The View Biography
The last gang in town spirit comes across in their brilliantly bombastic debut album Hats Off To The Buskers - 14 songs bursting with scrappy, swaggering teen spirit - to be released on 1965/Columbia Records on March 13th. Produced by Owen Morris (producer of the Verve's Northern Soul and Oasis' Definitely Maybe) it was recorded in rural Yorkshire in two weeks in May of 2006.
Signed by fledgling UK label 1965 Records by its founder James Endeacott (renowned in Britain for discovering The Libertines for Rough Trade) they hit the ground running when music lovers around the country fell for the charms of debut single "Wasted Little DJs". Described as "a joyous slice of pop punk" by the Times of London it found a welcome home on British radio despite the fact that the band had barely played outside of their hometown. Upon release it entered the UK pop singles charts at #15, taking everyone - band and label included - by complete surprise. Part of its curious genius is perhaps the unintelligible chorus which is sung in the coded vernacular of the band's friends. The follow-up single "Superstar Tradesman" did equally well, hitting the #15 spot immediately upon release, providing a further breath of fresh air to mainstream pop radio. America can see what all the fuss is about January when "Wasted Little DJs" goes to radio here.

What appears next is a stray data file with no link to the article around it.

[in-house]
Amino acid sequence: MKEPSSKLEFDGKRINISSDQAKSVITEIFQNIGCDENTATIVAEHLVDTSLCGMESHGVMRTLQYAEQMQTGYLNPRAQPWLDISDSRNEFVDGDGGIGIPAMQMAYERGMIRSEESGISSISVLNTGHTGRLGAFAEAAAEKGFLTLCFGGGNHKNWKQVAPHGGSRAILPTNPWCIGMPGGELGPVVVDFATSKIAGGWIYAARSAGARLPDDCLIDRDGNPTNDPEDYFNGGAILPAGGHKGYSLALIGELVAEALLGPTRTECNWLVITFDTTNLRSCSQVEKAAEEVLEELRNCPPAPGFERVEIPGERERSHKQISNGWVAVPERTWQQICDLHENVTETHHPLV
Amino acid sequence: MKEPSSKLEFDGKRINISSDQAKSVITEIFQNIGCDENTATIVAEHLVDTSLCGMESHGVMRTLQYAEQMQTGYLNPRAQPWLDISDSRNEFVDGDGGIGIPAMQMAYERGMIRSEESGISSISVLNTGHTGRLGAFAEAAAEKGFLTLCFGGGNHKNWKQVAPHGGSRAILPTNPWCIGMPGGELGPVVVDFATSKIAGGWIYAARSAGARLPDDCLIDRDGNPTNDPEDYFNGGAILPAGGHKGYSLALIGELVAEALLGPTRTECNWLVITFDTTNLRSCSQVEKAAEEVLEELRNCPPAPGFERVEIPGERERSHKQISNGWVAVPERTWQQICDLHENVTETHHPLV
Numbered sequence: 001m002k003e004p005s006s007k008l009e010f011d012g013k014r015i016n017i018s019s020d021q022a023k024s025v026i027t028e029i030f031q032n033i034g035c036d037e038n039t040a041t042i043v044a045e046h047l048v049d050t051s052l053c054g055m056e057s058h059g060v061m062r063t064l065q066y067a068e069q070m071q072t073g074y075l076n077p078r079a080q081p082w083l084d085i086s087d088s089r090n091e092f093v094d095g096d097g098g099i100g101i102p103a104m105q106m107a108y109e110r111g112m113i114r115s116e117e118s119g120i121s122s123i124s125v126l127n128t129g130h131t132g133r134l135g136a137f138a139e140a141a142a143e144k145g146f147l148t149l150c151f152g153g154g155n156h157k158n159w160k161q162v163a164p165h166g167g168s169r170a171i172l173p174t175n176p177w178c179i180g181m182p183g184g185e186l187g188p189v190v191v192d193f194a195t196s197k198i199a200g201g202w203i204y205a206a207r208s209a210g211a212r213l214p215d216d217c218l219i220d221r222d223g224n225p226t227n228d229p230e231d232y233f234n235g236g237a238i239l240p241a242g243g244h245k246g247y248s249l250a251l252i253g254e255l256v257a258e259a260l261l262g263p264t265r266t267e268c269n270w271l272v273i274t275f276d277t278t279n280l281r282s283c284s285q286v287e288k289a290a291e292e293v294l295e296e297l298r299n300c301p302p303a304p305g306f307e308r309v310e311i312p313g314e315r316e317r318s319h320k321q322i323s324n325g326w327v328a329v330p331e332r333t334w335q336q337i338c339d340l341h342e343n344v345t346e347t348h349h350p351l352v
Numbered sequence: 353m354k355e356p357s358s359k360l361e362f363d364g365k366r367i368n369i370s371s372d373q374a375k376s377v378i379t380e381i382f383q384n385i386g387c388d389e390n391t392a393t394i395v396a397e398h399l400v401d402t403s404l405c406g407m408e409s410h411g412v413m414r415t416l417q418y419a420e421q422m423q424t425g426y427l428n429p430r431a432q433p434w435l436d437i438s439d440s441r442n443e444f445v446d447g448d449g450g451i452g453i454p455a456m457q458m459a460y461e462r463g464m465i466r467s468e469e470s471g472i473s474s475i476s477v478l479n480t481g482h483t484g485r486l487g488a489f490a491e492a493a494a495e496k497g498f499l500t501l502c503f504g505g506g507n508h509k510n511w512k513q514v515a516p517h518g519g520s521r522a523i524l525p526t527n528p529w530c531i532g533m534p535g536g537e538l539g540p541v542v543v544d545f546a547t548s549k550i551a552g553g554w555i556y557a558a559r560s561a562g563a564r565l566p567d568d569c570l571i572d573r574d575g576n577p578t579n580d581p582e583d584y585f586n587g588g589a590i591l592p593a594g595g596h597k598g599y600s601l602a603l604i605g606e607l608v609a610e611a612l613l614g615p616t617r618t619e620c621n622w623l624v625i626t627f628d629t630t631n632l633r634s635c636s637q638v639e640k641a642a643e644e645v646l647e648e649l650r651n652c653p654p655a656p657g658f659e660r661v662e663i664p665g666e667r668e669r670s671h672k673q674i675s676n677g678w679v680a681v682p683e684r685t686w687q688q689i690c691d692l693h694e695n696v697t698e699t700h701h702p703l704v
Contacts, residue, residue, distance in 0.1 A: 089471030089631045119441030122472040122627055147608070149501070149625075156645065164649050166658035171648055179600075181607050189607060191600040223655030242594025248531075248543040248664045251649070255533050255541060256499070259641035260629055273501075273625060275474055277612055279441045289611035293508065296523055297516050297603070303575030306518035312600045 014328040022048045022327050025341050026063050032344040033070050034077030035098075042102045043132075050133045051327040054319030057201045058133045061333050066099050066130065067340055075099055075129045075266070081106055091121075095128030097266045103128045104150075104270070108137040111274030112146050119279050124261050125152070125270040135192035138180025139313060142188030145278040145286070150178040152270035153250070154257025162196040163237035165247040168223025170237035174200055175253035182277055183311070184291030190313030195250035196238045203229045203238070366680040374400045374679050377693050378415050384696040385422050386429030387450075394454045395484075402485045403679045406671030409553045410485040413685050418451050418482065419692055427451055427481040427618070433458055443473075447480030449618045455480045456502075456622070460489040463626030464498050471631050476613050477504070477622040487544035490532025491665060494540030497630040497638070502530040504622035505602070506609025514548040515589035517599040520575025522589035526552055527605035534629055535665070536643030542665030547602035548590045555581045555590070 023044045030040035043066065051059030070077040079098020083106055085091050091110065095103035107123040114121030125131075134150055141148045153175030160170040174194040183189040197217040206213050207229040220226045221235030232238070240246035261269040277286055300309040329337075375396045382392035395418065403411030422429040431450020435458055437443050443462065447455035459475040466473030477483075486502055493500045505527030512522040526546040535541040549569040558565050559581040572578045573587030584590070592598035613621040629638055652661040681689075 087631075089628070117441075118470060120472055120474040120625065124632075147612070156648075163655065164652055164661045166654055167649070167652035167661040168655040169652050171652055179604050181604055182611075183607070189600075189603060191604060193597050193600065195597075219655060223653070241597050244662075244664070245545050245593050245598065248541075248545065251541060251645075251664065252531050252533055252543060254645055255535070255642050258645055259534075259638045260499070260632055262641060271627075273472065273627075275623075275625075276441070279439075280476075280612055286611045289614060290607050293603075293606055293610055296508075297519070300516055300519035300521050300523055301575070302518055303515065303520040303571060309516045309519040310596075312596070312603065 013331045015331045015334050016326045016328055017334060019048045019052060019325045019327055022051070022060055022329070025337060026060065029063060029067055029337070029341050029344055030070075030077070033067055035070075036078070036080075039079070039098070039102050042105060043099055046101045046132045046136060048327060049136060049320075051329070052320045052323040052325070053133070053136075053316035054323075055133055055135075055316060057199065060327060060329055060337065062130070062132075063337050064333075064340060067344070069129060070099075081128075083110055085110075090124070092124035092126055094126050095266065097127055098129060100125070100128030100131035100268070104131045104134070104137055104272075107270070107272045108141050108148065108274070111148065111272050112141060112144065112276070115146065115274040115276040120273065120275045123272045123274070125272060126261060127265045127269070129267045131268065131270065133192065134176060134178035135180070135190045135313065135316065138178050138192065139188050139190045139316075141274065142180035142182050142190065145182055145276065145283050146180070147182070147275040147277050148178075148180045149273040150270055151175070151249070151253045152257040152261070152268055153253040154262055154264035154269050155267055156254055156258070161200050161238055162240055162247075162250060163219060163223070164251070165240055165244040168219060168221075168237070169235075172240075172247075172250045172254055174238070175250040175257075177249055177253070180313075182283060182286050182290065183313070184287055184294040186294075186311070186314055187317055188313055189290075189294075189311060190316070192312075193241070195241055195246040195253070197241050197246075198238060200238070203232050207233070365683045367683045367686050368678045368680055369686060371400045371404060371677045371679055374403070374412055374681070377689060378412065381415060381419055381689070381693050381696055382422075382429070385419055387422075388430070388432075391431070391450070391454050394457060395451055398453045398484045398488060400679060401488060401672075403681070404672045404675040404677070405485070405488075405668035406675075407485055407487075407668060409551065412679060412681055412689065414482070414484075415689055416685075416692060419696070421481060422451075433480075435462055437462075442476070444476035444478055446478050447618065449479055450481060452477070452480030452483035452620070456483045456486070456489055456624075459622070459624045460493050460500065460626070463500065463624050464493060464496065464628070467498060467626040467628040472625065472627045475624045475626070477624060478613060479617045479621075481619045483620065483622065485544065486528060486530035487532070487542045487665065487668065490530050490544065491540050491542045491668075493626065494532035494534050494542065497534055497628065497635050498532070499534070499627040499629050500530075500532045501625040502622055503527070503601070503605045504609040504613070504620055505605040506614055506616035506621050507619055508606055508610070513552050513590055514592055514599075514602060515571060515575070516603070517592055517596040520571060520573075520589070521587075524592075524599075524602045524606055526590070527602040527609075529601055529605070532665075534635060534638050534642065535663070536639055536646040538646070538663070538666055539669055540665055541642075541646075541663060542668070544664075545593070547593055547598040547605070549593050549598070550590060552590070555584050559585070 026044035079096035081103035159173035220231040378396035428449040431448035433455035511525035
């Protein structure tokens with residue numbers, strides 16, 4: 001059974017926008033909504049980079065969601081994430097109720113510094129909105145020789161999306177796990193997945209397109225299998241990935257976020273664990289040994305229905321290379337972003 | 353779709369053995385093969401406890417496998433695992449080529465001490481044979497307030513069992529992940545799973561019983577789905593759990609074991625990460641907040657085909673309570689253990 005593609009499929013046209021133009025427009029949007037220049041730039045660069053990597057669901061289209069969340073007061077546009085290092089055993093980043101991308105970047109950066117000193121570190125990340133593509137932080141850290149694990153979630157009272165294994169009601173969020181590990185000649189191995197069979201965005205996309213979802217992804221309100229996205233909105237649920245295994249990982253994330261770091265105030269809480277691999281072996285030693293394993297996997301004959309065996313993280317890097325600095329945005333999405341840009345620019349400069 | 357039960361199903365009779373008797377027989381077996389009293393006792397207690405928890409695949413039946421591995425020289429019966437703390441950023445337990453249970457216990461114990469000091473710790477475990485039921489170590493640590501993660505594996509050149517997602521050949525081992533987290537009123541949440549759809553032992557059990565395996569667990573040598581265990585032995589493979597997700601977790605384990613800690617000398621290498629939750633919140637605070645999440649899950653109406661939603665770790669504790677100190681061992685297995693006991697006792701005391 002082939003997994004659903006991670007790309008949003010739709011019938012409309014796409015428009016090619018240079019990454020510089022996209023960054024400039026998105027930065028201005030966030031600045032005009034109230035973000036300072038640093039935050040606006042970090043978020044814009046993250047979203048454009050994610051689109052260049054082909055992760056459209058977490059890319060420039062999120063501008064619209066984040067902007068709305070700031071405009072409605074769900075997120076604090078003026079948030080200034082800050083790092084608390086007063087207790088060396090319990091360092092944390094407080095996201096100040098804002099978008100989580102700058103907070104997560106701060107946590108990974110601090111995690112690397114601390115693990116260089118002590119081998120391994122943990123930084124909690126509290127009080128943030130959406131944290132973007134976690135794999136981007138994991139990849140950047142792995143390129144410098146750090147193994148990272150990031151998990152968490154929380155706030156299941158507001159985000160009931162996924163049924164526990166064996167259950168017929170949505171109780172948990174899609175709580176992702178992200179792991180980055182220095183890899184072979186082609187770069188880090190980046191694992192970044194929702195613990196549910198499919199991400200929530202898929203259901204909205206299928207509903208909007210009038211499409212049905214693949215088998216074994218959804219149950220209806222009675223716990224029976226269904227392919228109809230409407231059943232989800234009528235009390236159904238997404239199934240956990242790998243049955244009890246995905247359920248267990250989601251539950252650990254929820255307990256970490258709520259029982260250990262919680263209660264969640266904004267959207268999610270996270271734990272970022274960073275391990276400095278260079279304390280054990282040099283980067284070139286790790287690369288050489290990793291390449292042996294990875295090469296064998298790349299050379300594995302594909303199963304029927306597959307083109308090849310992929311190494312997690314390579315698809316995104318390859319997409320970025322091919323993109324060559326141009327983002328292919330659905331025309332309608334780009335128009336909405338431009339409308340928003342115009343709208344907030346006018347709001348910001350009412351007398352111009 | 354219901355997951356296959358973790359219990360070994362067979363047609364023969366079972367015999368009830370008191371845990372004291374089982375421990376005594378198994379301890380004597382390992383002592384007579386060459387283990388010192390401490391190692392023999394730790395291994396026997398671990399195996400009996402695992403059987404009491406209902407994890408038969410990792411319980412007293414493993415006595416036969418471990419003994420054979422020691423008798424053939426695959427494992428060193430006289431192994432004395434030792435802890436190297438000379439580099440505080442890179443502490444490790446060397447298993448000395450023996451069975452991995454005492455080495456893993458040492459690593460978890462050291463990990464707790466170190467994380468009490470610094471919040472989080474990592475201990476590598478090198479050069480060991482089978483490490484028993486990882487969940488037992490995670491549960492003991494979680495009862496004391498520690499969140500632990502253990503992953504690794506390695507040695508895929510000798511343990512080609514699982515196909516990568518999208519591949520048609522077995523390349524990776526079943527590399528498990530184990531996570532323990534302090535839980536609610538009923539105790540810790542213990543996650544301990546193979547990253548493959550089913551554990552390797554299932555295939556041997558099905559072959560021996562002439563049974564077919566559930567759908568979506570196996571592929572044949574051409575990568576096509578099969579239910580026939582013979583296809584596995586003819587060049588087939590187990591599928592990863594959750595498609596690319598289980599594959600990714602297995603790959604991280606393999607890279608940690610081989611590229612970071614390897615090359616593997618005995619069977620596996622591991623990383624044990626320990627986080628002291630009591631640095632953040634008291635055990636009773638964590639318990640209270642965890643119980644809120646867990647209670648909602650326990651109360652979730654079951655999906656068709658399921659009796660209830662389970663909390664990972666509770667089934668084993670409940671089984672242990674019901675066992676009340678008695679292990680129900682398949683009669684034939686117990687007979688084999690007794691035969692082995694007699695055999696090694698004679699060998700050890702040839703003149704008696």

Like many punk rock classics "Same Jeans" and "Grans For Tea" document the banality of adolescent life in a small city; but The View add a frothy sense of fun and tongue-in-cheek humor. Stand out tracks like "Claudia" and "Face For The Radio" showcase their gentler side. With an impressive knack for writing perfect pop songs, The View take the classic teen punk sensibilities of bands like The Undertones and The Jam and apply their own unique energy, wit and, of course, thick Scottish brogue.